Australia received its Battles from 1940 to 1943 and used them for some pilot training, but mainly in Bombing and Gunnery Schools. Australian Battles retained their RAF serial numbers.

South Africa obtained 179 Battles (123 bombers, 51 target tugs and 5 trainers). No. 11 (SAAF) Sqn used its Battles in the East African campaign against the Italians from May 18, 1940 to August 19, 1941. A total of 27 aircraft were assigned to the squadron.

Greece received 11 Battles numbered P6604 to P6615 (P6614 was not delivered), between February and April 1940. These aircraft were coded B271 to B282 and allocated to 33 MIRA. After the Italian attack of October 28, 1940, Kouklaina-based Battles carried out attacks against the enemy forces when several were lost (B272, B276, B274). The German attack, commencing on April 6, 1941, destroyed the surviving Battles where they had regrouped at Tanagra airfield in Boeotia. The Greek Battles were equipped with Browning machine guns.

From 1939 onwards, Canada would operate a total of 740 Battles, 632 being bombers. Most of the Canadian Battles were assigned local Serials, and were used for training in the Bombing and Gunnery Schools. These aircraft were often painted in a very spectacular pattern, the underside being yellow and the top remaining camouflaged but with large yellow areas superimposed and clearly visible.

Rhodesia received 25 Battles and used them for training.

Before the Second World War, Turkey was also interested in the Battle and placed an initial order for four aircraft which were prepared and painted with Turkish markings. The international situation deteriorated and the British government retained the aircraft. However, the Battles originally destined for Poland became available after the fall of that country and were allocated to a new Turkish order, delivered by the end of January 1940. About 29 Battles were allocated to units, with one or two kept in reserve. The Turkish Battles were painted in the standard British scheme of black undersides and dark green/dark earth disruptive pattern camouflaged upper surfaces, laid out as A or B mirror image patterns that alternated with odd and even ending serial numbers. Turkish national insignia were applied to the wings, a flag on the rudder, and code numbers painted in white under the wings (example: 2829) and just the last two digits of this number in black on the fuselage (1 to 11 and 27 to 45). In January 1943, there were 25 Battles still in Turkish service.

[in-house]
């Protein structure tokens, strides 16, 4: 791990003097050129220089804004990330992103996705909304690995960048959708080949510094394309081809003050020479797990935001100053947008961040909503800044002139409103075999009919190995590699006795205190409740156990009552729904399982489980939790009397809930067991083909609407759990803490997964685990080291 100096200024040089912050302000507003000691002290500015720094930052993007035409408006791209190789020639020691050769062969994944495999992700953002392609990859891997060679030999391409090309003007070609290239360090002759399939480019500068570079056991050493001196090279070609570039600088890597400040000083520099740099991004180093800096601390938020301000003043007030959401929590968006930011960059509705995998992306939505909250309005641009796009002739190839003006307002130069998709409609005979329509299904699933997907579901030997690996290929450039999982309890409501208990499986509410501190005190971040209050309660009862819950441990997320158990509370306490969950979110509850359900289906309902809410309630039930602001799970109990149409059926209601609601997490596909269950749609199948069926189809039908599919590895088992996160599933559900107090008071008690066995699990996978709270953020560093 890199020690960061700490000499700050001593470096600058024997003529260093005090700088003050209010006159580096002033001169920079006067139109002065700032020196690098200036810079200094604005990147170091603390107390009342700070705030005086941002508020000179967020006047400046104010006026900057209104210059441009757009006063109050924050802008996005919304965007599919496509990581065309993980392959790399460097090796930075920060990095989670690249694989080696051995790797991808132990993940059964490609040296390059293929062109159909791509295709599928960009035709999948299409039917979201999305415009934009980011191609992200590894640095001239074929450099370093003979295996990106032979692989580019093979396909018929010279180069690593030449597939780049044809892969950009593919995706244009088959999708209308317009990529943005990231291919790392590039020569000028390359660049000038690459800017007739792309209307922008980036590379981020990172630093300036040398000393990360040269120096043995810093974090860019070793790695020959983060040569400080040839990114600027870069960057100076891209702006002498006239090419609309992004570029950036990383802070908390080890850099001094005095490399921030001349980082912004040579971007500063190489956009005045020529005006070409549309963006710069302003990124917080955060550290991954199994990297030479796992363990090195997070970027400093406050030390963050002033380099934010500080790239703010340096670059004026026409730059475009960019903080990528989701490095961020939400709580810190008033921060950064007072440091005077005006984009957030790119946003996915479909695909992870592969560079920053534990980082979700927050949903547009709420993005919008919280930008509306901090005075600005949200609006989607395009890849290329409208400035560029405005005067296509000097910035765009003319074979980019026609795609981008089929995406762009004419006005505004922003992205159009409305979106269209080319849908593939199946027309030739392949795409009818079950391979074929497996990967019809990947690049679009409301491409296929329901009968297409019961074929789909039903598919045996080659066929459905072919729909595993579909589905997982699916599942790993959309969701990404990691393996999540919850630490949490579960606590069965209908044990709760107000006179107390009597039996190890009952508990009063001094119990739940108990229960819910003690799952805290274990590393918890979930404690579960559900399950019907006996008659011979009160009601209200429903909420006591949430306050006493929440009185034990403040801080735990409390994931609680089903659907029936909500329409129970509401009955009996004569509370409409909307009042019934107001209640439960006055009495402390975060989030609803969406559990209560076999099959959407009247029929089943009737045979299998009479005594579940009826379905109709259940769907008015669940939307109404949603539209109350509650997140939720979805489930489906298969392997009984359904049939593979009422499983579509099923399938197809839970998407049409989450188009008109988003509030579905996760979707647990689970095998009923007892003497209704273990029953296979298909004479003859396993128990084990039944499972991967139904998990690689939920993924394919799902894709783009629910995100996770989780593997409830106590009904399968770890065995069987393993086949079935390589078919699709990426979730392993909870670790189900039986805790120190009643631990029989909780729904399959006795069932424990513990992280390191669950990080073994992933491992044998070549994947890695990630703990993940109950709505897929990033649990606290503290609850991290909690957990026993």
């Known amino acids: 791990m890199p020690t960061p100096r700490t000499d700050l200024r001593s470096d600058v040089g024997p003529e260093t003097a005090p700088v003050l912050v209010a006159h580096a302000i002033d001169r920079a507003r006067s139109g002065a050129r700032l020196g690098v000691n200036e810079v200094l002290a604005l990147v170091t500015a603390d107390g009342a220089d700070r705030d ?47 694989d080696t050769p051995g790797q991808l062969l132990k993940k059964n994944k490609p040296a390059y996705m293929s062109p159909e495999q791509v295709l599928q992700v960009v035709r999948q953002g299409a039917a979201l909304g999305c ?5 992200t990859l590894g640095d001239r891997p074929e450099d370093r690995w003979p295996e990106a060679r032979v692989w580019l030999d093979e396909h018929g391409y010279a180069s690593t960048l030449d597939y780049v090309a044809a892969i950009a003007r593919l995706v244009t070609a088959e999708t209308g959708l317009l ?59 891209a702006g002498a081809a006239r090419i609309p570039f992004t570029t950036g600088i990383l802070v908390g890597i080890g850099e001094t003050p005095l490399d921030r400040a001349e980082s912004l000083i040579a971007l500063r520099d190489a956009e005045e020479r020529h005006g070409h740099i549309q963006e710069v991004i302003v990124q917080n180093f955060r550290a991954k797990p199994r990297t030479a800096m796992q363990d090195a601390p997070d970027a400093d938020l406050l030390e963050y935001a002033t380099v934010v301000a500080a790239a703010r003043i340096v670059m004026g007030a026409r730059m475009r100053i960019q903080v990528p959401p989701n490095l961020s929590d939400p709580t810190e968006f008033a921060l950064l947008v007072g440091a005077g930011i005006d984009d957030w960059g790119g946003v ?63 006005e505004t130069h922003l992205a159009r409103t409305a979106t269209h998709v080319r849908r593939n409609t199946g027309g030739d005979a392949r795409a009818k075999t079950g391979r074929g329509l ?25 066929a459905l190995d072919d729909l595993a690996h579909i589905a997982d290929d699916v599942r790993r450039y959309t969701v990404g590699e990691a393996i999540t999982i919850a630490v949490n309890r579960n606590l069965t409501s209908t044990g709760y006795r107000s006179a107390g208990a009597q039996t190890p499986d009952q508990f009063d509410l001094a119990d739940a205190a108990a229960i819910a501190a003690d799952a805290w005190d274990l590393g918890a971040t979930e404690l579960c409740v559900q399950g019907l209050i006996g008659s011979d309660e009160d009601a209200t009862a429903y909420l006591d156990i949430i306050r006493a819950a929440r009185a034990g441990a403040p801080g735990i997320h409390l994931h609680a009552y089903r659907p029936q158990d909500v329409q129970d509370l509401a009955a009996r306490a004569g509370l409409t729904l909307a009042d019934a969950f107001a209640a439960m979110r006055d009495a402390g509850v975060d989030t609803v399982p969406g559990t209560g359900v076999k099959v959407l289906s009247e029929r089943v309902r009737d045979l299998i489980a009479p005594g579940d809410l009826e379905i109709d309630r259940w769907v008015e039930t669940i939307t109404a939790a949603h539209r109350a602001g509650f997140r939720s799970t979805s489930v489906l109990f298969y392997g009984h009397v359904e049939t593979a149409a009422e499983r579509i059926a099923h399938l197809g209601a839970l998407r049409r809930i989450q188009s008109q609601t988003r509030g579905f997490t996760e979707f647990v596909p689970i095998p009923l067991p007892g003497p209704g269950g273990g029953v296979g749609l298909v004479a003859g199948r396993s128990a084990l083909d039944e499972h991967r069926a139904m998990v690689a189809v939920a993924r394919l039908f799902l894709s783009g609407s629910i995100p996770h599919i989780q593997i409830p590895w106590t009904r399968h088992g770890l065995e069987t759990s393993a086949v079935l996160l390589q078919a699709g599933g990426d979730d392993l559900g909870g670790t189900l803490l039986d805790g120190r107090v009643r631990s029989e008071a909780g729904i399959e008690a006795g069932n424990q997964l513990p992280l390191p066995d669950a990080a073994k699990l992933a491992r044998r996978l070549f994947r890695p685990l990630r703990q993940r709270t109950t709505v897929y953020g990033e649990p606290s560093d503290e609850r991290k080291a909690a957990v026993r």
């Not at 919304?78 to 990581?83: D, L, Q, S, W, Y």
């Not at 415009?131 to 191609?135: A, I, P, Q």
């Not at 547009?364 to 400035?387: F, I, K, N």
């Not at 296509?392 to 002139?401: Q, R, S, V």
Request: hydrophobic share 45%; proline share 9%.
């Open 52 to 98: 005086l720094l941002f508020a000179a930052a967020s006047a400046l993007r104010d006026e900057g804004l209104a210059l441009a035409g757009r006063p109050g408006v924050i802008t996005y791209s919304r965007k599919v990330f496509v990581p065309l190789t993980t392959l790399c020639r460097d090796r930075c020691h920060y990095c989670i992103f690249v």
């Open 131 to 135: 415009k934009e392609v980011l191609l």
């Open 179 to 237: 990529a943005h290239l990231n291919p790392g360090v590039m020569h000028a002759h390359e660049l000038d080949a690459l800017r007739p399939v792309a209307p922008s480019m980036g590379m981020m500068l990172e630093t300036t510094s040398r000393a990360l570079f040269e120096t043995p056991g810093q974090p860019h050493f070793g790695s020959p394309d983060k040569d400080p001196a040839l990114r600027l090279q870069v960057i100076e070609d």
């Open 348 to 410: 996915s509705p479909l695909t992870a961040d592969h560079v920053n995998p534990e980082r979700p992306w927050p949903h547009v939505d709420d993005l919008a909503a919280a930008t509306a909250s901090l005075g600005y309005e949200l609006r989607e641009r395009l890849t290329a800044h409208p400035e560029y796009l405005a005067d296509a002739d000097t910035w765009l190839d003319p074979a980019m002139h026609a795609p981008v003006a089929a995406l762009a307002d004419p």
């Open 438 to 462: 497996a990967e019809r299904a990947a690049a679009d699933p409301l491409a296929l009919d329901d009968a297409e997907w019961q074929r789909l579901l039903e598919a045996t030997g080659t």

British, Belgian, Polish, Greek (against Italy) and South African (in East Africa) Battles were used in combat during WWII.

Specifications (bomber): single-engine, three-seater bomber (two-seater for the Belgians), Merlin I, II, or III engine, delivering 880 HP at take-off. Maximum speed 394 km/h at 6,000 m, ceiling 7,620 m, wingspan 16.46 m, length 12.9 m. Offensive armament: four 250 Lb bombs internally under wing, two 250 Lb bombs externally. Defensive armament: one 7.62 cm machine gun in the right wing, one 7.62 cm Vickers machine gun in the rear cockpit.

We will produce three boxes of this aircraft. The kit has been designed from 3D (new mould), we will publish soon some viws. Release expected in April/May 2023. Schemes (may change):

FR0046 Fairey Battle Mk.I  Box 1

  •    Belgium     T70      in Belgium, 1940
  •    AASF       PMoL     103 Sqn RAF, France 1940
  •    Greece    B274     33 Mira, Greece 1940

FR0047 Fairey Battle Mk.I Box 2

  • Poles in UK                  GRoF    Sqn 301 1940
  • RAF pre-war               52oB    Sqn 57, 1937
  • Canada                       tactical code 59, serial 1837  
FR0048 Fairey Battle Mk.I Box 3
  • AASF                       MQoR    226 Sqn, Rheims France 1940   (not a bad place ... lot of vineyards there)
  • Australia                 OO         K7600     Air Gunnery School, Victoria, January 1942 to January 1944
  • South Africa           33oB       Algato,  East Africa July 1941  

Overview of Sprues (fuselage, small parts, wings)

 

 

 

3D views of two rear firing MG (3 different MGs will be supplied), Browning and FN38

 

 

New 3D views (2, after some modifications:

 

 

 

 

 

 

 

 

3D Views :